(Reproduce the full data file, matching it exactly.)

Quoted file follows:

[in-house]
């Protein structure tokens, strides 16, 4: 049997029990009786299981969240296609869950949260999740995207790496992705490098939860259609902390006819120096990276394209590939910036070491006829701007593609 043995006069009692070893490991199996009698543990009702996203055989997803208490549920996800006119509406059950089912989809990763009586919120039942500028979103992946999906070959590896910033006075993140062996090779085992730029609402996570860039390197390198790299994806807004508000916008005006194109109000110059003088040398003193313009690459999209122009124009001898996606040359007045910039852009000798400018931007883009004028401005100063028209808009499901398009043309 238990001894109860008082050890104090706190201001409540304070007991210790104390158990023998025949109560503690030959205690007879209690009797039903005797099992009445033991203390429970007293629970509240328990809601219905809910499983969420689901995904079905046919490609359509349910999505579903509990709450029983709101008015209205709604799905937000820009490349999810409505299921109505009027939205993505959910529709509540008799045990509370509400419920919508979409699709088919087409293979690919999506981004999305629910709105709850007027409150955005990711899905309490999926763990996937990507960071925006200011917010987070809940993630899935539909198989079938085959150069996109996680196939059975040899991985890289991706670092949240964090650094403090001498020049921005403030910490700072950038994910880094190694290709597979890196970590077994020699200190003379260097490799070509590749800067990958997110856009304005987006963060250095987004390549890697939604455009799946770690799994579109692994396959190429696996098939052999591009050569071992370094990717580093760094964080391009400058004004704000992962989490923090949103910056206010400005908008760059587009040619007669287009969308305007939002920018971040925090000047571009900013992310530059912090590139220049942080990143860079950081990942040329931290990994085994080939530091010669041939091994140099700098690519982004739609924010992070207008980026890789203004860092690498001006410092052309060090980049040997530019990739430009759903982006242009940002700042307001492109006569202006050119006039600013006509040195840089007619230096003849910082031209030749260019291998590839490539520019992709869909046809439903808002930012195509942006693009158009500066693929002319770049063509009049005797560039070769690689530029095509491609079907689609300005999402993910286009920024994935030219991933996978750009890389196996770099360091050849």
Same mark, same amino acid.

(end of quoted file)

[in-house]
């Protein structure tokens, strides 16, 4: 049997029990009786299981969240296609869950949260999740995207790496992705490098939860259609902390006819120096990276394209590939910036070491006829701007593609 043995006069009692070893490991199996009698543990009702996203055989997803208490549920996800006119509406059950089912989809990763009586919120039942500028979103992946999906070959590896910033006075993140062996090779085992730029609402996570860039390197390198790299994806807004508000916008005006194109109000110059003088040398003193313009690459999209122009124009001898996606040359007045910039852009000798400018931007883009004028401005100063028209808009499901398009043309 238990001894109860008082050890104090706190201001409540304070007991210790104390158990023998025949109560503690030959205690007879209690009797039903005797099992009445033991203390429970007293629970509240328990809601219905809910499983969420689901995904079905046919490609359509349910999505579903509990709450029983709101008015209205709604799905937000820009490349999810409505299921109505009027939205993505959910529709509540008799045990509370509400419920919508979409699709088919087409293979690919999506981004999305629910709105709850007027409150955005990711899905309490999926763990996937990507960071925006200011917010987070809940993630899935539909198989079938085959150069996109996680196939059975040899991985890289991706670092949240964090650094403090001498020049921005403030910490700072950038994910880094190694290709597979890196970590077994020699200190003379260097490799070509590749800067990958997110856009304005987006963060250095987004390549890697939604455009799946770690799994579109692994396959190429696996098939052999591009050569071992370094990717580093760094964080391009400058004004704000992962989490923090949103910056206010400005908008760059587009040619007669287009969308305007939002920018971040925090000047571009900013992310530059912090590139220049942080990143860079950081990942040329931290990994085994080939530091010669041939091994140099700098690519982004739609924010992070207008980026890789203004860092690498001006410092052309060090980049040997530019990739430009759903982006242009940002700042307001492109006569202006050119006039600013006509040195840089007619230096003849910082031209030749260019291998590839490539520019992709869909046809439903808002930012195509942006693009158009500066693929002319770049063509009049005797560039070769690689530029095509491609079907689609300005999402993910286009920024994935030219991933996978750009890389196996770099360091050849």
Same mark, same amino acid.